documentary - daemon






ROLES

  • Interviewed all team members & several players
  • Edited 15+ hours of footage and 10+ hours of interviews into 2 hour documentary
  • Created 3D & glitch art transitions, lower 3rds, explanations, and titlecards for every section
  • Narrated documentary
  • Created packaging and labeling for DVD & VHS editions of documentary
A year and 30+ hours of interviews and recorded footage edited into a 2-hour film later, the DAEMON documentary promised to backers was finally finished. Featuring footage from the creation, playing, and aftermath of the game, extensive interviews with the creators and players, and brand-new glitch effects, explainers, and titlecards, the documentary was burned to DVD and recorded to VHS and shipped out to the most loyal fans.

I edited the entire documentary myself, and personally interviewed 10+ participants over the course of 6 months during 2016 - 2017 to gather material. I created all the glitch video transitions using a Tachyons+ analog video glitch processor. I also created all the packaging for the physical releases myself. Footage primarily came from Sam Bishop, Jon Springs, and Dima Dubodel, with some ancillary contributions from friends of the project.

This project presented an interesting problem - how do you make a documentary about a game that happened two years ago, in a town you no longer live in on the other side of the country, where many of the locations in which it occurred have since been demolished? Rather than scrap the documentary or rely purely on photos and video, we made use of photogrammetry scans of the area from Google Maps and 3D models to recreate the play areas from the game, including flyovers and cutaway wireframes of buildings to map out where this all happened.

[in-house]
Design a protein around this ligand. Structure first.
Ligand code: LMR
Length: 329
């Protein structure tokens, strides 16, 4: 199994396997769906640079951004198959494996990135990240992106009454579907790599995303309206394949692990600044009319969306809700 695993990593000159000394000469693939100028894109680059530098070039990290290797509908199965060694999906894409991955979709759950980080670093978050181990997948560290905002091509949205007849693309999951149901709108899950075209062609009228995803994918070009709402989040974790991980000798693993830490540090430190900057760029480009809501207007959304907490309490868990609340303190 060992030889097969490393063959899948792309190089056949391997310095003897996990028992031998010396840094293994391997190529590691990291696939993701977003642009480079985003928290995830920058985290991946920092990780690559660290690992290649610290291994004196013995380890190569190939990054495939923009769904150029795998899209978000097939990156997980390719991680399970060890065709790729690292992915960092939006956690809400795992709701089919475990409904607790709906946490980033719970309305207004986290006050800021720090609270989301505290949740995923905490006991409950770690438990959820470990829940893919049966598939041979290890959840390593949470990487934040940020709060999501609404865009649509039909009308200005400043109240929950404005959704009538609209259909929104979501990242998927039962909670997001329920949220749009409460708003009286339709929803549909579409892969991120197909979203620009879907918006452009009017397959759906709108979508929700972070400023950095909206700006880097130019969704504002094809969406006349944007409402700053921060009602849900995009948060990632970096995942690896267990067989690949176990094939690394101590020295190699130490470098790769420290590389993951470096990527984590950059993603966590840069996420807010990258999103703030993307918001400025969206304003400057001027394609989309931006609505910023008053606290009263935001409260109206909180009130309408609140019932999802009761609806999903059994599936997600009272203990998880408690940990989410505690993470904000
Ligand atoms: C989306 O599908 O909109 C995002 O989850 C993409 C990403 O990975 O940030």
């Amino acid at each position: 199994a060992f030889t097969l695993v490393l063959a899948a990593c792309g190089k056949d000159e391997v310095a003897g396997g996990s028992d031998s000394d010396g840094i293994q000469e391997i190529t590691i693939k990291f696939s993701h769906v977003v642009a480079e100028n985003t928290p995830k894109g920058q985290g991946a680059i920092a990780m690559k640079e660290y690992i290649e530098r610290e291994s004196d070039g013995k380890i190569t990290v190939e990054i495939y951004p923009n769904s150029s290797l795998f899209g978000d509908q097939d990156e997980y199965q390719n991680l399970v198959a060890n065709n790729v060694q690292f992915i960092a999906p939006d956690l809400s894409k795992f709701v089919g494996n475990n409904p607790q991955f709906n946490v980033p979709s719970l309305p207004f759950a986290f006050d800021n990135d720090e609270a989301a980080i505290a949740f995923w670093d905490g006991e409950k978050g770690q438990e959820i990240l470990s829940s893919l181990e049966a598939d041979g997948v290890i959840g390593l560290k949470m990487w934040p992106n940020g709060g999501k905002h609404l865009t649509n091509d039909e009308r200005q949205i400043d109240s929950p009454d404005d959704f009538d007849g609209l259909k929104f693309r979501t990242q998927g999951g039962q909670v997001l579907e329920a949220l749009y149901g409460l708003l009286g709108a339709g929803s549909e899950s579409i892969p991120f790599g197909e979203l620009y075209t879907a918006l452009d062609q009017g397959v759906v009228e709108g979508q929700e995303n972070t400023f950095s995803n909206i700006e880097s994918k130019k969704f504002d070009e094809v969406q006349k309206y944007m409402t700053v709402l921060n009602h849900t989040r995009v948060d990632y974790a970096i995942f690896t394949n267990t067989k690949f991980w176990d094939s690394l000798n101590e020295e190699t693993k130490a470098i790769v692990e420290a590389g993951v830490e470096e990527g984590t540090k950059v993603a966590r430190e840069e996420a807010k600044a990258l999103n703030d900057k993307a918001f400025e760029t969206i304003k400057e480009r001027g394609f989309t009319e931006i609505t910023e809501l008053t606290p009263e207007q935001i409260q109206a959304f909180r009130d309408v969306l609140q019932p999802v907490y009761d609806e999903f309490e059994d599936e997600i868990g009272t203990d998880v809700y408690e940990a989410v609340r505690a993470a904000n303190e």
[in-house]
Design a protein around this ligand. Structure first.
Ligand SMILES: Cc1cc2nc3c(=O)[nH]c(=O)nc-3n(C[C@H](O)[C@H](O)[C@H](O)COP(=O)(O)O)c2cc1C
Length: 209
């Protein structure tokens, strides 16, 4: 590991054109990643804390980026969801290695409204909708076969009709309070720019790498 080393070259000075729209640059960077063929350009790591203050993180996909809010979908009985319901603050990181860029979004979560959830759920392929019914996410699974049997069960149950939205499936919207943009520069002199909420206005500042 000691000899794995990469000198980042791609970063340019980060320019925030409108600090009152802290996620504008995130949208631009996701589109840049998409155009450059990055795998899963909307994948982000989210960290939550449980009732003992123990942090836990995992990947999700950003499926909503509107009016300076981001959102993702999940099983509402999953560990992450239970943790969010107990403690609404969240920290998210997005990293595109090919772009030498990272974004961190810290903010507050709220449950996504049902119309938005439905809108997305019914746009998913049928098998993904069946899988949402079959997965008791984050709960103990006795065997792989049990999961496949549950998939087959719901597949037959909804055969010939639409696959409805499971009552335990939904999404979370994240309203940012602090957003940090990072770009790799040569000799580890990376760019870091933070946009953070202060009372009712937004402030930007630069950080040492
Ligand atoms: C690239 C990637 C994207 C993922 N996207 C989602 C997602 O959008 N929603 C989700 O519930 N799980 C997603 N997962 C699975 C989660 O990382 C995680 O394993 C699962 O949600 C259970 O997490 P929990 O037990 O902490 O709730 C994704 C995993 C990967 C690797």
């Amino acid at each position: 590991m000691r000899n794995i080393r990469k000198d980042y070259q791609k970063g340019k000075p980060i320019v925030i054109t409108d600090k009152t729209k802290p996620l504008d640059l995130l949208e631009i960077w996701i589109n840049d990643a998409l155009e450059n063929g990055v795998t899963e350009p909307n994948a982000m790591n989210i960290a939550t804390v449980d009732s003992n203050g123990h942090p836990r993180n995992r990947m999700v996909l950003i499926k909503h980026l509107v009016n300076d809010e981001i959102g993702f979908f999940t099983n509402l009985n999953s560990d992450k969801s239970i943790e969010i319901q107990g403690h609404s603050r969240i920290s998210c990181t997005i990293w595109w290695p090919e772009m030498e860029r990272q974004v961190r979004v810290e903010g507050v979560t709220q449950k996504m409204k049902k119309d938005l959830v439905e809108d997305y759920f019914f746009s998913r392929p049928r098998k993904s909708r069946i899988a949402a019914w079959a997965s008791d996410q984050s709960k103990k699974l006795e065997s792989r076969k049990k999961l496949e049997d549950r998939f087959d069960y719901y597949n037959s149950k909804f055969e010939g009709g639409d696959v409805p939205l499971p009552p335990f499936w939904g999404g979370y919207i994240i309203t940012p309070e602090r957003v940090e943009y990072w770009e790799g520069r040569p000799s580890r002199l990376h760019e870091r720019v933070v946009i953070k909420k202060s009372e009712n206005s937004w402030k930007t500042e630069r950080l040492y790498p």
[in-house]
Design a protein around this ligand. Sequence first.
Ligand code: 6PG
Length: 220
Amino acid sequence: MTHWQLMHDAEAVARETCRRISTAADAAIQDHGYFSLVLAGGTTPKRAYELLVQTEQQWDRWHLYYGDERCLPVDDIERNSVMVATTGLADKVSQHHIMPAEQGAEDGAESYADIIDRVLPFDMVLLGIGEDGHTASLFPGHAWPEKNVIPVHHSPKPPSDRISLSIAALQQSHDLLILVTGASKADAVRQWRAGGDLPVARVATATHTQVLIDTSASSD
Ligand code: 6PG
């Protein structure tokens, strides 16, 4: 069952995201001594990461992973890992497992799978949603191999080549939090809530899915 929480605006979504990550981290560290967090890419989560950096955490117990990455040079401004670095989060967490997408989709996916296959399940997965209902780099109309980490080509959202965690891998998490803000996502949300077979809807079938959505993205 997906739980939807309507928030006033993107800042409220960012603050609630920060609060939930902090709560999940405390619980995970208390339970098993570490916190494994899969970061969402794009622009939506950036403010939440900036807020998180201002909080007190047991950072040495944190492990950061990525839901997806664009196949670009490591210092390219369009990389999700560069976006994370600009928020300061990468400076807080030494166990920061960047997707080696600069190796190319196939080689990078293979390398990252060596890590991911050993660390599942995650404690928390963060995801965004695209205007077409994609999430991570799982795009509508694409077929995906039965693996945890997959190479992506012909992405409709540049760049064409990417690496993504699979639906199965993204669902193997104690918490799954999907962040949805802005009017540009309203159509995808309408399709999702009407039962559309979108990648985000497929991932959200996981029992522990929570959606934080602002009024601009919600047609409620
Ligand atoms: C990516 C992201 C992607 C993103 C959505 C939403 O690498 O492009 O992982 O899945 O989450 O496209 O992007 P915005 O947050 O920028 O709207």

For transitions, a massive moodboard was assembled to help establish a visual style for the documentary that matched the retro cyberpunk vibe in a way that properly paid tribute to the source material the game was based on - 80’s scifi, anime, synthwave, pioneering video art, and video games. They also had to explain who was playing the game and how it worked well enough to fit into the space of a few seconds, which meant making graphically strong work that could also withstand being put through a TV signal and glitched to get that warm, fuzzy VHS feel.




DUE TO GIF SIZES, PLEASE VIEW INDIVIDUAL SECTIONS BELOW:



Mark